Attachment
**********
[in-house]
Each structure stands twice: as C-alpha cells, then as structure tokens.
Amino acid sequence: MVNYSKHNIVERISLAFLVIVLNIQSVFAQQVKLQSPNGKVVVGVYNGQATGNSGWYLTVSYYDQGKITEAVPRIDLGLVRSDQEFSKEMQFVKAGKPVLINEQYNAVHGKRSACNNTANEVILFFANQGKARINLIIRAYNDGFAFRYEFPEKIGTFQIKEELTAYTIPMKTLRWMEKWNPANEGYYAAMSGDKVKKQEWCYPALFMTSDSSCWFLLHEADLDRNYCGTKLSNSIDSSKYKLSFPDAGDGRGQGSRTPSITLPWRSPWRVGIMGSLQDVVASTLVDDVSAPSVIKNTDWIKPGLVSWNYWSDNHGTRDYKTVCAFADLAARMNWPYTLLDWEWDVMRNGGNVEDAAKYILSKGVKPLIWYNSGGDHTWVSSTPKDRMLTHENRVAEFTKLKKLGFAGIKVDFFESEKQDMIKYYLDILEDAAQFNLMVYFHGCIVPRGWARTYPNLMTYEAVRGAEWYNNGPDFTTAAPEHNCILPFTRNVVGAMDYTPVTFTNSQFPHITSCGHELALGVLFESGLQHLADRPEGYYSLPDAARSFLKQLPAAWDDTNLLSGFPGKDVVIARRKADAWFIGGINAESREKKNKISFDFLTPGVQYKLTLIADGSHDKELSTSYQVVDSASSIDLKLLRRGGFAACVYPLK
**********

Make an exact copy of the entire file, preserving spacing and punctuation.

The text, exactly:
[in-house]
Each structure stands twice: as C-alpha cells, then as structure tokens.
Amino acid sequence: MVNYSKHNIVERISLAFLVIVLNIQSVFAQQVKLQSPNGKVVVGVYNGQATGNSGWYLTVSYYDQGKITEAVPRIDLGLVRSDQEFSKEMQFVKAGKPVLINEQYNAVHGKRSACNNTANEVILFFANQGKARINLIIRAYNDGFAFRYEFPEKIGTFQIKEELTAYTIPMKTLRWMEKWNPANEGYYAAMSGDKVKKQEWCYPALFMTSDSSCWFLLHEADLDRNYCGTKLSNSIDSSKYKLSFPDAGDGRGQGSRTPSITLPWRSPWRVGIMGSLQDVVASTLVDDVSAPSVIKNTDWIKPGLVSWNYWSDNHGTRDYKTVCAFADLAARMNWPYTLLDWEWDVMRNGGNVEDAAKYILSKGVKPLIWYNSGGDHTWVSSTPKDRMLTHENRVAEFTKLKKLGFAGIKVDFFESEKQDMIKYYLDILEDAAQFNLMVYFHGCIVPRGWARTYPNLMTYEAVRGAEWYNNGPDFTTAAPEHNCILPFTRNVVGAMDYTPVTFTNSQFPHITSCGHELALGVLFESGLQHLADRPEGYYSLPDAARSFLKQLPAAWDDTNLLSGFPGKDVVIARRKADAWFIGGINAESREKKNKISFDFLTPGVQYKLTLIADGSHDKELSTSYQVVDSASSIDLKLLRRGGFAACVYPLK